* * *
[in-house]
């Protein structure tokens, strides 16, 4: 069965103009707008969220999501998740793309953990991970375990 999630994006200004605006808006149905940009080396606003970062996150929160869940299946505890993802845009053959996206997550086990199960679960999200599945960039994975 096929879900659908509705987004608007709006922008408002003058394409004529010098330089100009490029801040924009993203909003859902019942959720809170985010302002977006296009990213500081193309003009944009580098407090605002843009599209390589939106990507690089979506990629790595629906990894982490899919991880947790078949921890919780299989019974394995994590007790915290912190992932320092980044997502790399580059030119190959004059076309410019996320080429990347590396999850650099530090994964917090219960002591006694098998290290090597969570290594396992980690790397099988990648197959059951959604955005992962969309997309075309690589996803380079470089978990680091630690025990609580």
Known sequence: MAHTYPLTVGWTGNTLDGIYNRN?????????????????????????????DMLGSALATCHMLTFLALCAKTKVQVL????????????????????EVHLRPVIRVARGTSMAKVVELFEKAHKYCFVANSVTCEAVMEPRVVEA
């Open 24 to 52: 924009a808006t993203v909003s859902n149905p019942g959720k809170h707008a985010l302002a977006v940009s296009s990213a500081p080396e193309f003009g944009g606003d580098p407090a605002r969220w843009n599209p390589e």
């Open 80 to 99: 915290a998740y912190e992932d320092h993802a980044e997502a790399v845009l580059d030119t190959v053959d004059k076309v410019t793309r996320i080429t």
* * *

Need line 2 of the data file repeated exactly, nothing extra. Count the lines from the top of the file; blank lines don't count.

């Protein structure tokens, strides 16, 4: 069965103009707008969220999501998740793309953990991970375990 999630994006200004605006808006149905940009080396606003970062996150929160869940299946505890993802845009053959996206997550086990199960679960999200599945960039994975 096929879900659908509705987004608007709006922008408002003058394409004529010098330089100009490029801040924009993203909003859902019942959720809170985010302002977006296009990213500081193309003009944009580098407090605002843009599209390589939106990507690089979506990629790595629906990894982490899919991880947790078949921890919780299989019974394995994590007790915290912190992932320092980044997502790399580059030119190959004059076309410019996320080429990347590396999850650099530090994964917090219960002591006694098998290290090597969570290594396992980690790397099988990648197959059951959604955005992962969309997309075309690589996803380079470089978990680091630690025990609580």